In 2005, George W. Bush’s EPA issued the Clean Air Interstate Rule, aimed at achieving the largest reduction in air pollution in more than a decade, including reducing sulfur dioxide emissions by a further 70 percent from their 2003 levels. Cap-and-trade was again the policy instrument of choice in order to keep costs down and achieve the rapid reductions at minimum economic pain. (The rule was later invalidated by the courts, and is now being reformulated.)

To reject this legacy and embrace the failed 1970s policies of one-size-fits-all regulatory mandates would signify unilateral surrender of principled support for markets. If some conservatives oppose energy or climate policies because of disagreement about the threat of climate change or the costs of those policies, so be it. But in the process of debating risks and costs, there should be no tarnishing of market-based policy instruments. Such a scorched-earth approach will come back to haunt when future environmental policies will not be able to use the power of the marketplace to reduce business costs.

Virtually all economists agree on a market-based approach to reduce carbon dioxide emissions. Some favor carbon taxes combined with revenue-neutral cuts in distortionary taxes, whereas others support cap-and-trade mechanisms — or “cap-and-dividend,’’ with revenues from auctioned allowances refunded directly to citizens.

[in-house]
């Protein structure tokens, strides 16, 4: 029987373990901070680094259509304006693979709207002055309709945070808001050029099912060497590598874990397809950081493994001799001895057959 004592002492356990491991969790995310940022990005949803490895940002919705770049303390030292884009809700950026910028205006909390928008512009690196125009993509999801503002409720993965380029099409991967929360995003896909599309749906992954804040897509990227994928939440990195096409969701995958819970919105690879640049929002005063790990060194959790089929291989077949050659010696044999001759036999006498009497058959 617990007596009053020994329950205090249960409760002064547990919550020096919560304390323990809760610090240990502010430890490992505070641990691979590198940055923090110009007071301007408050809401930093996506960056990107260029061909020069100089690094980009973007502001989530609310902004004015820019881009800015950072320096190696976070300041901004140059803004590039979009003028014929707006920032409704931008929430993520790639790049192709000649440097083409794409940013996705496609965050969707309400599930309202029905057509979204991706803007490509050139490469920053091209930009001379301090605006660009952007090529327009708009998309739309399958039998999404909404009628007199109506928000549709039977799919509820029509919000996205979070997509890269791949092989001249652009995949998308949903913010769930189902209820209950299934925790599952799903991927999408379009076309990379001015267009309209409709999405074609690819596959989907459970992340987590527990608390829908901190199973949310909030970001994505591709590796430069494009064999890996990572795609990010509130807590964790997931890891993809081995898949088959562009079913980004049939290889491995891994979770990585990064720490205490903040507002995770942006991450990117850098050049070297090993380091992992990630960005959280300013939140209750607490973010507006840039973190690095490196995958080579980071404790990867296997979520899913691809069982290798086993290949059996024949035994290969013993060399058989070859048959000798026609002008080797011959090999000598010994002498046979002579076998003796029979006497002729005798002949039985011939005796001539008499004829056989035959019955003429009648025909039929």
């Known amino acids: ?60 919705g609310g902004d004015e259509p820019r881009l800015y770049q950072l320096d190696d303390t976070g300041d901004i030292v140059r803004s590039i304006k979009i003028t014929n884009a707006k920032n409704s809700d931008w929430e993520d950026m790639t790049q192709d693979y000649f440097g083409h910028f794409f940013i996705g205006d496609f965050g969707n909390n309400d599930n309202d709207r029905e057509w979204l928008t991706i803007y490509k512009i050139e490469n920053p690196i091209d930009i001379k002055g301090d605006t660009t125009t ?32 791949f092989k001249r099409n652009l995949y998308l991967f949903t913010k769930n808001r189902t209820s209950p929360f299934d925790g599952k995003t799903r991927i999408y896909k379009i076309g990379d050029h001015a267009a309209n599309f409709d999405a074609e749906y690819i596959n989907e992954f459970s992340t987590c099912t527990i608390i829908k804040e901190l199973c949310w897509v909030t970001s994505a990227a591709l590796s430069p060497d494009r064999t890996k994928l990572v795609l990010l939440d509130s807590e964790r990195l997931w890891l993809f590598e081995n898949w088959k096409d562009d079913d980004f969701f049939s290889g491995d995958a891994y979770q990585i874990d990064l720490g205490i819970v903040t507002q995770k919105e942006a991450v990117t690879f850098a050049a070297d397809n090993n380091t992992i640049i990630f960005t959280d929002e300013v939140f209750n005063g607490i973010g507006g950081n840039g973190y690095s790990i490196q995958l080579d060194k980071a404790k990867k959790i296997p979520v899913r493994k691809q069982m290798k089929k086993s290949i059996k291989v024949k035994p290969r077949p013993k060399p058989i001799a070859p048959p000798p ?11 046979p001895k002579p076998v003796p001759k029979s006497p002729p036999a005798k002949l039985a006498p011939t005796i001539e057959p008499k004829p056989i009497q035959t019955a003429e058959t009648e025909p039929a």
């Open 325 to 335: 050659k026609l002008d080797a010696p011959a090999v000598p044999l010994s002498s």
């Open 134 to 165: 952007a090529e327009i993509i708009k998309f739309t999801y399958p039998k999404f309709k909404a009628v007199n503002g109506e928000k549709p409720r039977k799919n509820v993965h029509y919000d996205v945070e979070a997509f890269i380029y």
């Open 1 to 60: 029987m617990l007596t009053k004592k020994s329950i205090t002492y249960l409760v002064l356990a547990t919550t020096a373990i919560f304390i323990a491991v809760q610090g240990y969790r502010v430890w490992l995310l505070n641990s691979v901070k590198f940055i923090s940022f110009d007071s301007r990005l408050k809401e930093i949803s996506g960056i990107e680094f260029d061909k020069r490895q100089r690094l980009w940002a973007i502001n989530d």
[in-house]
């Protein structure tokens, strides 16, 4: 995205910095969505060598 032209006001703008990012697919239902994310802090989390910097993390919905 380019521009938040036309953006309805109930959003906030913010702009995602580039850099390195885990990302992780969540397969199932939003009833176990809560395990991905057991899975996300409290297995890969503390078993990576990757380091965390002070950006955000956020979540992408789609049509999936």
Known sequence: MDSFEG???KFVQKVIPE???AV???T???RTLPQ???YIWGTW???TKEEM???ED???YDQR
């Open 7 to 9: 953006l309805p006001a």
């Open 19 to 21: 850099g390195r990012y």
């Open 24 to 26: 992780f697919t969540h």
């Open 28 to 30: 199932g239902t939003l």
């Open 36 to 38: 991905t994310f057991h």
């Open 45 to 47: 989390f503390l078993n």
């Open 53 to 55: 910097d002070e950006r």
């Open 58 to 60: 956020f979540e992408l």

Conventional approaches advanced as “painless alternatives’’ — a plethora of standards, special-interest technology subsidies, and tax breaks — won’t do the job, and will be unnecessarily expensive. While we are struggling to revitalize the economy, we simply cannot afford to turn our backs on markets and impose unnecessary costs on businesses and consumers.

A price on carbon is the least costly way to provide meaningful incentives for technology innovation and diffusion, reduce emissions from fossil fuels, and drive energy efficiency. In the long run, it can reduce our use of oil and drive our transportation system toward alternative energy sources.

Market-based approaches to environmental protection – including cap-and-trade – should be lauded, not condemned, by political leaders, no matter what their party affiliation. Demonizing cap-and-trade in the short term will turn out to be a mistake with serious long-term consequences for the economy, for business, and for consumers.


Author: Robert Stavins

Robert N. Stavins is the A.J. Meyer Professor of Energy & Economic Development, John F. Kennedy School of Government, Harvard University, Director of the Harvard Environmental Economics Program, Director of Graduate Studies for the Doctoral Program in Public Policy and the Doctoral Program in Political Economy and Government, Co-Chair of the Harvard Business School-Kennedy School Joint Degree Programs, and Director of the Harvard Project on Climate Agreements.

9 thoughts on “Beware of Scorched-Earth Strategies in Climate Debates”

  1. Prof. Stavins,

    I am curious as to your motivation for publishing this “Requiem for Cap and Trade (or Carbon Tax)”. Matters didn’t collapse because there was some misconception of the relative efficiency of C&T (or CT) to remedy global warming. And as such, should the political will ever return, these measures would return in a heartbeat.